Tuesday, July 12, 2011

Atlantic City: Vineland's Trains 'N Things keeps things nostalgic for model train collectors

Pressof Atlantic City: Vineland's Trains 'N Things keeps things nostalgic for model train collectors
By BRIAN IANIERI Staff Writer pressofAtlanticCity.com | 0 comments

There is much nostalgia in model trains.

Grandfathers who grew up running Lionel trains later bought them for their children, who bought them for their children, said Irene Burrell, 65, who owns Trains ’N Things with her husband, Ralph, also 65.

The business sells new and used trains of all sizes, including O-gauge, G-gauge and HO scale.

Ralph Burrell started with trains as a hobby at 9 years old.

“It was a big Christmas thing. Back then, everybody had trains,” he said. “Now everybody gets a (Nintendo) Wii.”

Still there are plenty of people who collect trains, display them and motor them through model layouts of towns, farms and even New York City.

Trains ’N Things was started in 1993 after Ralph Burrell found a need for the business.

“The problem was there was not a fully stocked train store in the area,” he said.

The model business has changed significantly over the past two decades for multiple reasons.

Model train companies began producing many more varieties of trains, as well as replicas of older trains, he said.

This meant that businesses like the Burrells’ needed to stock more inventory in order to carry more products that their customers would want. This has created more demands on storage, as well as the time of the business owners themselves, he said.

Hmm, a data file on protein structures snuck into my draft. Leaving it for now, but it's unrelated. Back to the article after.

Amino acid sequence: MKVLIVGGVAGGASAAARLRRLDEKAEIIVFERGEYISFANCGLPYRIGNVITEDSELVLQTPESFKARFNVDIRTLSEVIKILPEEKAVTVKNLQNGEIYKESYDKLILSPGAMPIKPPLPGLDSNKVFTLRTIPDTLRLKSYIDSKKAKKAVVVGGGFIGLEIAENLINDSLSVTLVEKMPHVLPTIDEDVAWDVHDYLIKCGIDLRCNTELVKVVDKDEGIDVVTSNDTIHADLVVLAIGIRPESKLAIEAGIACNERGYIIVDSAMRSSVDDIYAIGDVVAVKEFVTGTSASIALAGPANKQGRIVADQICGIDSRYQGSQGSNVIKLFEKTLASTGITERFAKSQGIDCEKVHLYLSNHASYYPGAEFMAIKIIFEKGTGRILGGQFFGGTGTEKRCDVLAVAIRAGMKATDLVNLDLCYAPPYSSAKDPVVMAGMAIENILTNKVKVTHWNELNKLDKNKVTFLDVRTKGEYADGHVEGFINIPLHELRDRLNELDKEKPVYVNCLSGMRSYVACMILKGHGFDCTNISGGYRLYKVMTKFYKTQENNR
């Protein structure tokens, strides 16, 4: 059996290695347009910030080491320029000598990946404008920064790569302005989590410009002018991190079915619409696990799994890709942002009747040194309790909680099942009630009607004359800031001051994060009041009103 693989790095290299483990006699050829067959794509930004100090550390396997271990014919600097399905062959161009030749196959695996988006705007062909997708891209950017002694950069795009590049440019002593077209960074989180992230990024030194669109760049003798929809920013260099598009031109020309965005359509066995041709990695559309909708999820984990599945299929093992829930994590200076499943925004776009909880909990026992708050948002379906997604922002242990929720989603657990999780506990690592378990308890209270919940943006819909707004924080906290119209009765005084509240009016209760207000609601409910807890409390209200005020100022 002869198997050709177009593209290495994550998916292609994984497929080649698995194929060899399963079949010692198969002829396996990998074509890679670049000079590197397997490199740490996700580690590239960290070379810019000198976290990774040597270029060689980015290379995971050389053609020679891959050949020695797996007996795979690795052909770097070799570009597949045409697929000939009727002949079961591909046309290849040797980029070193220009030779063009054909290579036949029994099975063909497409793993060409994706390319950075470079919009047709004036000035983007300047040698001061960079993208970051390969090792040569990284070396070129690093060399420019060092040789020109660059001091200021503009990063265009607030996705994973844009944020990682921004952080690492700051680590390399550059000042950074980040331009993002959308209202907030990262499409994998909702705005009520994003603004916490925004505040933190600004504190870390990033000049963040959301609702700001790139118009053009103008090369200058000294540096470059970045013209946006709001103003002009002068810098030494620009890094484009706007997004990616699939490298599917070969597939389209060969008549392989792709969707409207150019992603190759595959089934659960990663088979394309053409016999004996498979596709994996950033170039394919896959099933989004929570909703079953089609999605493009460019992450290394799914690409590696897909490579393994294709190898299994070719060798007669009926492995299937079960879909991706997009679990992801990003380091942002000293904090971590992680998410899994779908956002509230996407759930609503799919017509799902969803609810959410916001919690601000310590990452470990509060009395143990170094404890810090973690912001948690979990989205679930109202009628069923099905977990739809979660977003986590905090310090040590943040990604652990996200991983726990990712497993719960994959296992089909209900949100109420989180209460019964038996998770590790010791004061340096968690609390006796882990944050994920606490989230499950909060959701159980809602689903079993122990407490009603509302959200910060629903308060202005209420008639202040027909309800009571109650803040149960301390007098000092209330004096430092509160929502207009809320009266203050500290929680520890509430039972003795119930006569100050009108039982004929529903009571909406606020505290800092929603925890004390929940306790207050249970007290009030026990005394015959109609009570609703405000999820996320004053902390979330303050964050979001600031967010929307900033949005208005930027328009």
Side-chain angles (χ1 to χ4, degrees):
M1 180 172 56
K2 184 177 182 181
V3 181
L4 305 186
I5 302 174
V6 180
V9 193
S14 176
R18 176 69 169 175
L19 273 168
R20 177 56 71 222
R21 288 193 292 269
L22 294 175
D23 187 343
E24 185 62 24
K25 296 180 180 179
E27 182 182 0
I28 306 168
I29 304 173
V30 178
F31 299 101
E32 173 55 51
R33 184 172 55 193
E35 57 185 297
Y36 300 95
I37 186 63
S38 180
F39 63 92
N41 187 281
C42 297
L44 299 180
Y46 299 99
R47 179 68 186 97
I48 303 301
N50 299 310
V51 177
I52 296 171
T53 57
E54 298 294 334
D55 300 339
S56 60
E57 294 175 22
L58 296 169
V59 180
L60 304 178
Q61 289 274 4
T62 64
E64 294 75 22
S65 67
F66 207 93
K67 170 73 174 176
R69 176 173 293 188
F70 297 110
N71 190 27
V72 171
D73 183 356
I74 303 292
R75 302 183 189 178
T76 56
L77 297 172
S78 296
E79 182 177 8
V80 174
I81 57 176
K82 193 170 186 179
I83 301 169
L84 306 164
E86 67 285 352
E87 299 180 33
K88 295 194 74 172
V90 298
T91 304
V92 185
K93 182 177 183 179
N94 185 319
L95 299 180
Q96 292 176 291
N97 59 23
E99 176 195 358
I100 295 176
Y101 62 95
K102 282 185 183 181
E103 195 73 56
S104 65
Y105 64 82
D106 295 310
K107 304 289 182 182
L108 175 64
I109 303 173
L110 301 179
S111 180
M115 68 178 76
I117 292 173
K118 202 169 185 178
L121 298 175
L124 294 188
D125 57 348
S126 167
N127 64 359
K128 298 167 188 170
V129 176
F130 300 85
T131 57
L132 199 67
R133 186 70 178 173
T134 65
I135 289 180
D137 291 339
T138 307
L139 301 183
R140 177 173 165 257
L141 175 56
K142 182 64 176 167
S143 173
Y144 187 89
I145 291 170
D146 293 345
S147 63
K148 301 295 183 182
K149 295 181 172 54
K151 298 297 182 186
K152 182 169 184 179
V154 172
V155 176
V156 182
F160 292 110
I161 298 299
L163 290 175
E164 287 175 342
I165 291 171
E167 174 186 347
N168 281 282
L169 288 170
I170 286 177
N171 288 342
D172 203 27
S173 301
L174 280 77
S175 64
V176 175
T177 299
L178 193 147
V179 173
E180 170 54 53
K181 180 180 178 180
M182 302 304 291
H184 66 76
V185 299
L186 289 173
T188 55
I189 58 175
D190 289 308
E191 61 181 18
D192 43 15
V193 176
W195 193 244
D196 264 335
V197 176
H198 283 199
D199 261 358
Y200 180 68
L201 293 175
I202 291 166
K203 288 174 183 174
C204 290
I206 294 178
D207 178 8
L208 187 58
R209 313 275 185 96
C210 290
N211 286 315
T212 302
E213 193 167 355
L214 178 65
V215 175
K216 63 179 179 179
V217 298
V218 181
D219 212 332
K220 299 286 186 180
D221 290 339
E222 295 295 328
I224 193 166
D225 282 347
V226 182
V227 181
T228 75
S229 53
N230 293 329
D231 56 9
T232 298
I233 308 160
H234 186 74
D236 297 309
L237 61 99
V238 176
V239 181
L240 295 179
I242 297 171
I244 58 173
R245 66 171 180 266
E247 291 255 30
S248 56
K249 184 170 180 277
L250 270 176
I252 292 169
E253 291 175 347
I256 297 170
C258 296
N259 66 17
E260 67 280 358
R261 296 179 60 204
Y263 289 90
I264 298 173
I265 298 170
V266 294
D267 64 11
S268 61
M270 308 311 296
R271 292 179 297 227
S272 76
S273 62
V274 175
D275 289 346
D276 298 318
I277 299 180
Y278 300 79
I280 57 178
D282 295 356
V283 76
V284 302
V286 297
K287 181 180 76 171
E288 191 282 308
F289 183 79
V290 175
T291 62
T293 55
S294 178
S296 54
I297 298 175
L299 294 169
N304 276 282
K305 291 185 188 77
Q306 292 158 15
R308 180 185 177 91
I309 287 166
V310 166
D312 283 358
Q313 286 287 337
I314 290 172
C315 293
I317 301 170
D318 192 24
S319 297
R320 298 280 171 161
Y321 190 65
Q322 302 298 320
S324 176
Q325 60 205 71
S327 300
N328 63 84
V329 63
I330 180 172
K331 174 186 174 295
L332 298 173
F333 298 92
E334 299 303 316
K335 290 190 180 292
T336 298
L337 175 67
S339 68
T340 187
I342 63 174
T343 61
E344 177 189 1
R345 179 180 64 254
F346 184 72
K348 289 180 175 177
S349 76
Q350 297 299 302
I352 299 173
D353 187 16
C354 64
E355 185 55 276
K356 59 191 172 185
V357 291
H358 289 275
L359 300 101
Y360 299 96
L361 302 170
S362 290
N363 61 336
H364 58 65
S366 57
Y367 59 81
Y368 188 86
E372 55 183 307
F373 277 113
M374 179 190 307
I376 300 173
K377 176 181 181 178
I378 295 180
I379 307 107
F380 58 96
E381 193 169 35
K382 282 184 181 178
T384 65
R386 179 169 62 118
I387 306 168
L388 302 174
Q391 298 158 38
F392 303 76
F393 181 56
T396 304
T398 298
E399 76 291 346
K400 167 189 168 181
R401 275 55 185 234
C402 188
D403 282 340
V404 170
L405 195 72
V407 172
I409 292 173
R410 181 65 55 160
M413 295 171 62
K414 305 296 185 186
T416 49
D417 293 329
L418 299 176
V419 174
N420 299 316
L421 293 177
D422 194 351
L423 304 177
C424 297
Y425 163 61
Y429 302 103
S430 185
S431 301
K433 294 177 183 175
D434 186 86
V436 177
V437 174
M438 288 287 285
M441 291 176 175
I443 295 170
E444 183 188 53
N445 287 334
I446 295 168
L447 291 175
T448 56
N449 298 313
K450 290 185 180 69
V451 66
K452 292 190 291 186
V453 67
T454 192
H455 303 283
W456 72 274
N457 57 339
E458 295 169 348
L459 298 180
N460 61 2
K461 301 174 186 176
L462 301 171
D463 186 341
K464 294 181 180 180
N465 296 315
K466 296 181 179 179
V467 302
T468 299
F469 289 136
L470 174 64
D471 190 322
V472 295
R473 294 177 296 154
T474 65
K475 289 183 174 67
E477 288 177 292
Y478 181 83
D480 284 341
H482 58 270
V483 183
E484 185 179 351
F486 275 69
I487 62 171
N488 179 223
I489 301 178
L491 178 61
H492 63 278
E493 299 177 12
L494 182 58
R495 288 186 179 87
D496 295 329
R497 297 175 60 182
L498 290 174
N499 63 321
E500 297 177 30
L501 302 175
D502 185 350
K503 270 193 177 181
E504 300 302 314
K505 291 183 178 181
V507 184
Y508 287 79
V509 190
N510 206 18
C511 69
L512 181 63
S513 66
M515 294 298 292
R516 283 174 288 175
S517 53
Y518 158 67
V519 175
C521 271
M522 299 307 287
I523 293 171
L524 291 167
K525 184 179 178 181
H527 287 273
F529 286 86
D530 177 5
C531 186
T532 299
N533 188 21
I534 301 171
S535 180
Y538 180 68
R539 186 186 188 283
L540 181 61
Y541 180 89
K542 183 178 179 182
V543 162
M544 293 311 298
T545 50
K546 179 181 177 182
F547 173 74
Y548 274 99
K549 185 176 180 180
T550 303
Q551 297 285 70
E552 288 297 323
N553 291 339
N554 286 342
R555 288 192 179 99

“All different types of people collect different types,” he said. “What one person thinks is ugly, another thinks is beautiful, and that’s hard when you’re building your inventory.”

The business is surrounded by model trains and train cars of all varieties and ages. Some are remarkably detailed, like the G-gauge freight train that circles the center of the shop. The yellow Union Pacific train includes audio — the deliberately scratchy sound of an engineer talking to a dispatcher over the radio.

Among the oldest model trains in the shop is a 1920 Lionel that sells for $425.

There are others designed to appeal for specific collectors — Harley-Davidson, Coca-Cola, Miller High Life, Coors Light and 7-Up.

One of the more in-demand items over the past few years has been the Polar Express, due to the computer animated movie of the same name.

In the region, East Coast trains are among the more popular sellers. These include the Pennsylvania-Reading Seashore Lines, the Baltimore & Ohio Railroad and New York Central.

Union Pacific is also popular because the railroad franchise still runs.

Irene Burrell said she expects new Lionel trains featuring New Jersey Transit to be popular in the area this year because of the local angle.

Not surprisingly, the model train business is busiest in the winter, when hobbyists, train enthusiasts and amateurs seek out the trains for their own spreads and Christmas-time displays, large and small. The store, which keeps limited summertime hours, is open 7 days a week when the holidays approach.

Most of Trains ’N Things customers are walk-ins, although the business ships trains all over the country and in Canada.

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